Class of 2016: The Results Are In

This past December, For Baseball Junkies celebrated its fifth birthday.  The blog has always been a passion for Hersh, Mc and I.  It started as a mechanism for us to memorialize some of our daily conversations while creating a forum for us to connect with other self proclaimed baseball junkies.  Some personal highlights have been connecting with "The Baseball Collector," Zack Hample before he became "the guy who held A-Rod's 3,000 hit for ransom."  Befriending Shawn Anderson, creator of the "Hall of Very Good," and getting a "Like" on our Facebook page from Billy Sample.

Today, as the baseball world officially welcomed a new class to the Hall of Fame, we are pleased and excited to introduce a new contributor to our page, Ben Reese.  Ben is a lifelong baseball fan who has covered high school sports in the greater Philadelphia region for more than 40 years.  He kept his hand in writing as a contributor at and we are honored to have him share some of his thoughts with you.  Enjoy!

The Baseball Writers of America have spoken.

They have cast their votes and decided that Ken Griffey Jr. And Mike Piazza were worthy of addition to the Baseball Hall of Fame. There is no argument from this quarter as to their worthiness for that honor.

However, there is room for argument about several other candidates on this year's ballot. And there is also some disagreement with the restrictions imposed by the Hall of Fame on that ballot.

First, let's touch on Griffey and Piazza. Griffey has been ticketed for the Hall ever since his first Major League game.  He had the bloodlines from his Major League father. He also had the experience in professional clubhouses from the time he could walk.  

Obviously, he didn't disappoint. His 636 homers and sometimes unbelievable defense ensured his selection.

Just an of note here: three voters did not put Griffey on their ballot. They will be hunted out and dunned for their reason.  

Leave them alone. They certainly had their own reasons which are irrelevant.

Really, there are only two reasons that matter. One is that they, however misguided, felt that no one deserves to be unanimous.  The other should be more obvious. With the reduction of voters and with the remaining voters allowed to only select 10 names from the list of eligible players, those three voters left Griffey off in order to give another player a vote.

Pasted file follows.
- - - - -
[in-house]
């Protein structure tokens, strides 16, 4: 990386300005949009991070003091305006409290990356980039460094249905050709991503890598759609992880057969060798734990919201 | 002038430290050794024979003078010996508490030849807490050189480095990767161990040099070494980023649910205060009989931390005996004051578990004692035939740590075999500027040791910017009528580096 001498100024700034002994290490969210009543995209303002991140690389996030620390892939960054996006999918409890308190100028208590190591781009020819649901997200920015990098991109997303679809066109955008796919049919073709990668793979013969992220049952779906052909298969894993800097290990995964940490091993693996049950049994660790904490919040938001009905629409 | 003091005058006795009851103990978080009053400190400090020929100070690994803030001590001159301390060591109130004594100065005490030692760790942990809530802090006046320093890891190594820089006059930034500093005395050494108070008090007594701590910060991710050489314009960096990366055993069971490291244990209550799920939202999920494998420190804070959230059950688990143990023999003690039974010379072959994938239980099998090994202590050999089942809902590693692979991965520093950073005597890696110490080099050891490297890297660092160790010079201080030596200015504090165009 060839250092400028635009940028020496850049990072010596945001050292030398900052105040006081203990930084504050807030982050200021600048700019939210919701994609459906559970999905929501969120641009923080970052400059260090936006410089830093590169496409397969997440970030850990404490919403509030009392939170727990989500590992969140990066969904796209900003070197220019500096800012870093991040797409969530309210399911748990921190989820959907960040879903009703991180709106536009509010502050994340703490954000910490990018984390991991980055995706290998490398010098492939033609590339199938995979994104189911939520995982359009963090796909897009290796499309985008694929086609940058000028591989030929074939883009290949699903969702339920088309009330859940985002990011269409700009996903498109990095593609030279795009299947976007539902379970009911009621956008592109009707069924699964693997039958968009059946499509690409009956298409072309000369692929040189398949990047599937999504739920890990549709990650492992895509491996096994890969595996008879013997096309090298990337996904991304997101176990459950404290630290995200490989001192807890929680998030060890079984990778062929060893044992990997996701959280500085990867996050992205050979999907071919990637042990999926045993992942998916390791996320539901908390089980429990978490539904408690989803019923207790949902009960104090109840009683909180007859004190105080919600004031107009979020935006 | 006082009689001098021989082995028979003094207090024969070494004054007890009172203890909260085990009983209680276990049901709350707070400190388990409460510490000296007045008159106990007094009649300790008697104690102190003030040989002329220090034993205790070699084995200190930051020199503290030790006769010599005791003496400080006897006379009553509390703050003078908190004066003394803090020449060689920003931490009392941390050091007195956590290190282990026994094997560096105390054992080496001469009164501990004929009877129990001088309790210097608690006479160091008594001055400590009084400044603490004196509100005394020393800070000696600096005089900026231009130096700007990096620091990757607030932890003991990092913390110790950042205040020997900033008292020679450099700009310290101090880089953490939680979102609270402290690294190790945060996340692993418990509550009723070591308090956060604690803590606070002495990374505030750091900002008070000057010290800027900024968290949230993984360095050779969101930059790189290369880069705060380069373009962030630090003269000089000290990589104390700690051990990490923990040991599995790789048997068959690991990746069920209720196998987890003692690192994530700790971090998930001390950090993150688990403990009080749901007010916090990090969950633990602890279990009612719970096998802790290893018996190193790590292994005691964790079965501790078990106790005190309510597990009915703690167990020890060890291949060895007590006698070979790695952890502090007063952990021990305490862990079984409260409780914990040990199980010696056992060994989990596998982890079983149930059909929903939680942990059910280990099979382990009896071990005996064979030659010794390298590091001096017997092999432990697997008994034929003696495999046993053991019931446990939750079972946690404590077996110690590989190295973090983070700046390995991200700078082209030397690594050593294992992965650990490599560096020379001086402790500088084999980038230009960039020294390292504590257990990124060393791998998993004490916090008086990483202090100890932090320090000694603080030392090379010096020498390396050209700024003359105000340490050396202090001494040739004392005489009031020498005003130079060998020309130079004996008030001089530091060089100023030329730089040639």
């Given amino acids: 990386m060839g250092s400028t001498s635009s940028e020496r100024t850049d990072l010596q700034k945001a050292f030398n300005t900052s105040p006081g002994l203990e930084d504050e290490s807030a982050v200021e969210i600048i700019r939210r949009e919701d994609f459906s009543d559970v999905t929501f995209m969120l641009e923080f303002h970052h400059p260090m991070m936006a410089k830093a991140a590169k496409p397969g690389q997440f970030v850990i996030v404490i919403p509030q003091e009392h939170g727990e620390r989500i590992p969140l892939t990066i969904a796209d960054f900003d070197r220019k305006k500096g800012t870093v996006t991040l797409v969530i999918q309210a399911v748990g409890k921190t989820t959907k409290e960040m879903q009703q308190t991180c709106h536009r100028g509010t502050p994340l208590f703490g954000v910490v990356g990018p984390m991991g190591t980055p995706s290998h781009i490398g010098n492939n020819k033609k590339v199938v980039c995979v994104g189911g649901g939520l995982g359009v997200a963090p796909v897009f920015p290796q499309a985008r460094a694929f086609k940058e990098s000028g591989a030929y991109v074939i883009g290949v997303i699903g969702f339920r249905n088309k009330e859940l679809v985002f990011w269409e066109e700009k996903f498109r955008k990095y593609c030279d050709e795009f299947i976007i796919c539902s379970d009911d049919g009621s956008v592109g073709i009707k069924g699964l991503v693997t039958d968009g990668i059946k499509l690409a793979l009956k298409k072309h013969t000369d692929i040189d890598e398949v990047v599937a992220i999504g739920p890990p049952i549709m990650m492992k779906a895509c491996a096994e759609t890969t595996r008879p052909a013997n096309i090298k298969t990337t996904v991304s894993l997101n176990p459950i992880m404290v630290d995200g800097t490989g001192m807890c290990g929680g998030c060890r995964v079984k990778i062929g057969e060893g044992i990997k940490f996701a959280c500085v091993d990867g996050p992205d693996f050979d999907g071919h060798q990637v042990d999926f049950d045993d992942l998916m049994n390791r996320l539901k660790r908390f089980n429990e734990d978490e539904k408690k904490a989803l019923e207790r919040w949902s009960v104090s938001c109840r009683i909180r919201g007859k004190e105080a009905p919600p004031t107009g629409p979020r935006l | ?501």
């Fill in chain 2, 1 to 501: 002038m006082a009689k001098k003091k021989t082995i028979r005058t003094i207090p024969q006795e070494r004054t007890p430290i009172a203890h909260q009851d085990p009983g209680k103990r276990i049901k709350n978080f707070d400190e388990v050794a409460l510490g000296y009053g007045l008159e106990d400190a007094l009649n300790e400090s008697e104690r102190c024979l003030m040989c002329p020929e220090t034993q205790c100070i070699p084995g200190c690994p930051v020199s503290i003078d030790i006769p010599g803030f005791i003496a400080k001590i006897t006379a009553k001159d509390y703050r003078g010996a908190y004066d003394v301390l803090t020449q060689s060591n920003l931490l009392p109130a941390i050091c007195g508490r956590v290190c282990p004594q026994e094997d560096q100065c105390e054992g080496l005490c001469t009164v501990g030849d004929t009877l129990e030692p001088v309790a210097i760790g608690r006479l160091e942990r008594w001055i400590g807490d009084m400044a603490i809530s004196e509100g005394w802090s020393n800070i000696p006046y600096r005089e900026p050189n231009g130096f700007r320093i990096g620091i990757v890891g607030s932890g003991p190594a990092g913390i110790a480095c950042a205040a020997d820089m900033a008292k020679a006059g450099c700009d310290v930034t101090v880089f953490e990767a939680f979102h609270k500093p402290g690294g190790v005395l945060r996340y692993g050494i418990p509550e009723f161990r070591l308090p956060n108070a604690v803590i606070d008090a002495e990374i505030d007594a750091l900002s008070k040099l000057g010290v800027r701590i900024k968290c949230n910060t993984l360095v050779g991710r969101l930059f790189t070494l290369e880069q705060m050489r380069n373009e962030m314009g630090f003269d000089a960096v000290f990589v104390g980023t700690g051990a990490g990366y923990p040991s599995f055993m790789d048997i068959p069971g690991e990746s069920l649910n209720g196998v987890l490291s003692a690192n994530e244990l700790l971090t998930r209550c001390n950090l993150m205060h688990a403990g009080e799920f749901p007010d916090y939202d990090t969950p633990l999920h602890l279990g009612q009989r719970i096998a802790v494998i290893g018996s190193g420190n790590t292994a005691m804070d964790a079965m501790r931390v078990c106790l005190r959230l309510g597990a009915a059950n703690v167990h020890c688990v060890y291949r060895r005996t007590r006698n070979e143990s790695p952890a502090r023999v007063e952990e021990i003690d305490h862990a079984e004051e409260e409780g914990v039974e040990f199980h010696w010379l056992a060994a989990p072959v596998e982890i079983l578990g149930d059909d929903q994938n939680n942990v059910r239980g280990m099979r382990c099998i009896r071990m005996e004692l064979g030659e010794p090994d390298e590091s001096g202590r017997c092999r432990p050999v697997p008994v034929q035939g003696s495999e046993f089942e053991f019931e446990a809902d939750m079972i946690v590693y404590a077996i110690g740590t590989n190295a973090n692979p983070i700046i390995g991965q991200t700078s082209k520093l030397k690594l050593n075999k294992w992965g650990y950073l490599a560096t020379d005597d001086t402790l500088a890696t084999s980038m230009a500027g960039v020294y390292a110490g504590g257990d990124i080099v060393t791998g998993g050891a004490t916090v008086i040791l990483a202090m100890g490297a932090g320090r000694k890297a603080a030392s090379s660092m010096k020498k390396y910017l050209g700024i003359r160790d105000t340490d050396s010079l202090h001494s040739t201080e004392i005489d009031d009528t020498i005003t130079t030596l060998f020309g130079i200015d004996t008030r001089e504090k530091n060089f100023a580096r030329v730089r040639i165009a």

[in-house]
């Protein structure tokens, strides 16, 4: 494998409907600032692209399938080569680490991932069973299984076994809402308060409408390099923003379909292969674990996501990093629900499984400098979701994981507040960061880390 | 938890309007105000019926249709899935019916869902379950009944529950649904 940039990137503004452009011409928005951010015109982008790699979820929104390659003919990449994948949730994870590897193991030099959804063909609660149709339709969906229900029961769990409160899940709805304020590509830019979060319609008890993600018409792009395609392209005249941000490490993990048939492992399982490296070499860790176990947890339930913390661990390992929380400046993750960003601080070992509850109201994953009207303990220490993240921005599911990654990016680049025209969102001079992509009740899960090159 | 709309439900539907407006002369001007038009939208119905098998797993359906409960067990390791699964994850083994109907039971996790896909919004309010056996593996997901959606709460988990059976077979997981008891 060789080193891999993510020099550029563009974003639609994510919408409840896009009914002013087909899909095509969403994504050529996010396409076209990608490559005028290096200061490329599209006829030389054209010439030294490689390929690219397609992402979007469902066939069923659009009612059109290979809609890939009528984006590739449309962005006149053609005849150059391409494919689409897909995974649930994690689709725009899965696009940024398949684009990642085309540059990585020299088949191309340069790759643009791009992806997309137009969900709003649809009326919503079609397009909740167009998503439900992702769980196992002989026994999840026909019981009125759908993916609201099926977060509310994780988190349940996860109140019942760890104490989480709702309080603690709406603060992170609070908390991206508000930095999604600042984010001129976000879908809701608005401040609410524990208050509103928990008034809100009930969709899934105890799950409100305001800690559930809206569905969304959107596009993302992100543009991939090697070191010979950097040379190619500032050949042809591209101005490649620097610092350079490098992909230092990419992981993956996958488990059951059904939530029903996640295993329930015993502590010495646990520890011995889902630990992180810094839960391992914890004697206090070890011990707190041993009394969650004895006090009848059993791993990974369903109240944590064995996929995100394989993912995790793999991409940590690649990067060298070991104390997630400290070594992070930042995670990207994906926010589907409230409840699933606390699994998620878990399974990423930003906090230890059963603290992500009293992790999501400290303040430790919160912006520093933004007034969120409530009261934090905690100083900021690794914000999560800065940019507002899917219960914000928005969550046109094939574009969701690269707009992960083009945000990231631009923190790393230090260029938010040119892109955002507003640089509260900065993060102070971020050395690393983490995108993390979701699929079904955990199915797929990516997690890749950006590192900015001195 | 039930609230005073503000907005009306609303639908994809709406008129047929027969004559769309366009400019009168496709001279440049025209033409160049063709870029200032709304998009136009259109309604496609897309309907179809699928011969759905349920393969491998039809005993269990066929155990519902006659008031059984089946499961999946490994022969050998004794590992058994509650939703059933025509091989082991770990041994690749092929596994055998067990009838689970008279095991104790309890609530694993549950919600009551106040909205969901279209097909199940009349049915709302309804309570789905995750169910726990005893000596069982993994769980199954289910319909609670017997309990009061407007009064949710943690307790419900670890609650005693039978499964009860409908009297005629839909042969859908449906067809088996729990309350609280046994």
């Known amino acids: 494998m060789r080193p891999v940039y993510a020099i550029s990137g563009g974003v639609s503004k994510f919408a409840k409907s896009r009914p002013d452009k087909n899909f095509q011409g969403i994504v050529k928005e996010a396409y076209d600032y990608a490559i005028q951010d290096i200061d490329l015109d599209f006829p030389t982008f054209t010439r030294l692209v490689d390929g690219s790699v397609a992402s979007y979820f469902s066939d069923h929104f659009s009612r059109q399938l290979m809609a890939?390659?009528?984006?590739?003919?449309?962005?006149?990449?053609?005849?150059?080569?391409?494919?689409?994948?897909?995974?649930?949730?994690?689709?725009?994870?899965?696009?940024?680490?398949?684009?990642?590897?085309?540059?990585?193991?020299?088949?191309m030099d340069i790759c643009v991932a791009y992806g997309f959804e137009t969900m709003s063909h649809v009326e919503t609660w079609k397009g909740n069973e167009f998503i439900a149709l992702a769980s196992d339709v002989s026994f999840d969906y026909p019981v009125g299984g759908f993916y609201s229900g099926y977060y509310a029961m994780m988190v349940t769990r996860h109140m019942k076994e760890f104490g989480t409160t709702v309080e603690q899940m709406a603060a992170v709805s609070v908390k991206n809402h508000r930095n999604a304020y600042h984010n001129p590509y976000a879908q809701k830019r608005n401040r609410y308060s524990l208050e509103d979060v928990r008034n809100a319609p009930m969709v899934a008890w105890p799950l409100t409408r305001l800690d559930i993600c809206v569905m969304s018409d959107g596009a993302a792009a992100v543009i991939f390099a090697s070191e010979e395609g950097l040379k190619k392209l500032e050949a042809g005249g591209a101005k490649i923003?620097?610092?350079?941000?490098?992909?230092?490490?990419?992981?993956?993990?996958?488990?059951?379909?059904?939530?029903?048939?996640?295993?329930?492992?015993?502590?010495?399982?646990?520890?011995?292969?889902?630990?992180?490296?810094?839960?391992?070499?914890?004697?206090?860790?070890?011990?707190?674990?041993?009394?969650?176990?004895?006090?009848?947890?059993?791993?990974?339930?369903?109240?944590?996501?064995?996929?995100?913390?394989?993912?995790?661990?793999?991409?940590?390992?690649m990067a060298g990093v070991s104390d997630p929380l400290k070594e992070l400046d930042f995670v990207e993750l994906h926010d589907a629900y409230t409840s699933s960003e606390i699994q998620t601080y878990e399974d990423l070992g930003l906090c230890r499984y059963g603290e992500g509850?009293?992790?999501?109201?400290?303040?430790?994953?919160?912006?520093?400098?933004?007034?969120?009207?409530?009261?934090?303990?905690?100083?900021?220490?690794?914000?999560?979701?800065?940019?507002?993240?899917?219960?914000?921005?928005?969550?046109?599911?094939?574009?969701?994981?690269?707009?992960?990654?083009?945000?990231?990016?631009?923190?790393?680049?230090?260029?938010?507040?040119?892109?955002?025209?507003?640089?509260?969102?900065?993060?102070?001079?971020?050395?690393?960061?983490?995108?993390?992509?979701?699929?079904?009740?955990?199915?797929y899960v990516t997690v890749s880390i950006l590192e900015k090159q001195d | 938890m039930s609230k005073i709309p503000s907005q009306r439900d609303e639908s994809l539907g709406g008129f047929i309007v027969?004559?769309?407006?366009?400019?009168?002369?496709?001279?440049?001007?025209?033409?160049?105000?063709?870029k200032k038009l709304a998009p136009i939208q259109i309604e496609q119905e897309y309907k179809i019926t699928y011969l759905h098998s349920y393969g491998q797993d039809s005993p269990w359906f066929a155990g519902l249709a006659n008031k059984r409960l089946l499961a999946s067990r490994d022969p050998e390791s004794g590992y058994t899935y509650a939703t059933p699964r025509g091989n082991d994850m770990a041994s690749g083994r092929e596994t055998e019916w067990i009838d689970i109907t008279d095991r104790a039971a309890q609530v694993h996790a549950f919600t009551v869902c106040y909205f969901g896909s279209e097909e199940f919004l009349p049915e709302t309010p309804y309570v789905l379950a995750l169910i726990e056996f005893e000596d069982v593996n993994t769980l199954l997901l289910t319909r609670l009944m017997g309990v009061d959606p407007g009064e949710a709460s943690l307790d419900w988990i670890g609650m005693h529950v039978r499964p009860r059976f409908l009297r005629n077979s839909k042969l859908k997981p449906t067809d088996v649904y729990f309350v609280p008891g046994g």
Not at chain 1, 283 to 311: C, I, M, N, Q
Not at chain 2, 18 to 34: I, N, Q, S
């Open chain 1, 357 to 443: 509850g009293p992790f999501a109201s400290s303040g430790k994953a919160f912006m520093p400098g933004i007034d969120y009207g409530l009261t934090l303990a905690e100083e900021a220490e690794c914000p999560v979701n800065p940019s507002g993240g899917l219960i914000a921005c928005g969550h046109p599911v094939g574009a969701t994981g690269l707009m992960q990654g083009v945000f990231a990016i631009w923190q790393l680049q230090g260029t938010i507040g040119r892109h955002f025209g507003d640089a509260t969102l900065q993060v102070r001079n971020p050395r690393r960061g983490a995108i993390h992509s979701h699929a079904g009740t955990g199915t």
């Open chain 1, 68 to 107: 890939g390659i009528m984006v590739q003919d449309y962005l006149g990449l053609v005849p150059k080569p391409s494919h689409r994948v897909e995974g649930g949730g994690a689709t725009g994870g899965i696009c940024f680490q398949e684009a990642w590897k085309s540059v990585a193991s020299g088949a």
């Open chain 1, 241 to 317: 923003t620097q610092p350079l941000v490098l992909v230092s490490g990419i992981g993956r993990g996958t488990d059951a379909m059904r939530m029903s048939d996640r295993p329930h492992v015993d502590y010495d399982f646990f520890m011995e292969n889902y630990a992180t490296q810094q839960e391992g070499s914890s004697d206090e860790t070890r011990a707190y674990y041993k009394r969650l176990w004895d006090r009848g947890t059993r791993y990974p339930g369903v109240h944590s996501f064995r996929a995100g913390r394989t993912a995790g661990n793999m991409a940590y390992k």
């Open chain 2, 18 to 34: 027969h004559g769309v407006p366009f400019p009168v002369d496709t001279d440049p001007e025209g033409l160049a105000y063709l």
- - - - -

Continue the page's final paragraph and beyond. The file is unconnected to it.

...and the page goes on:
After all, as was seen with his 437 votes, Griffey didn't need those three votes to get in. But someone like Alan Trammel, in his final chance as election, did.

Piazza, a 62nd-round selection in the draft, couldn't have been thinking about the Hall of Fame when he got drafted by the Dodgers. He really was just a bow to his godfather Tommy Lasorda when Los Angeles selected him.

He proved how astute the Dodgers were with his play throughout his career. No other catcher in the history of the game have ever hit as many home runs as he did.  With his lowly beginnings, he more than earned his trip to Cooperstown.

Now for the rest of them.

The jump in percentage of votes received by Barry Bonds and Roger Clemens demonstrates that the now-reduced voting group is younger and more forgiving than the 100 or so voters who were cut from the list. Whether that is right or wrong, only time will tell.

Another PED-tainted player, Mark McGwire, in his final year on the ballot, didn't make it. And Sammy Sosa, who has his accusers, got only seven percent of the vote.

If Bonds and/or Clemens ever are elected, then something should be done for Pete Rose. As many have said, the Hall of Fame is a museum, not Heaven.

Certainly, Rose sinned against baseball. He bet on games while a working member of the professional baseball fraternity.  But he also had more hits than anyone before or after his career. That should be honored or at least given the opportunity to be honored.  If he is ever on the ballot and selected, put on his plaque that he was banned from baseball for betting on games. And leave it at that.

Many of the talking heads on the MLB Network have been calling for an expanded ballot in the future. Allow the writers to vote for 12 or 15 players.  That might be a good idea. But it will also allow more controversy.

But, then again, that's what the off-season is all about.

Ben R.

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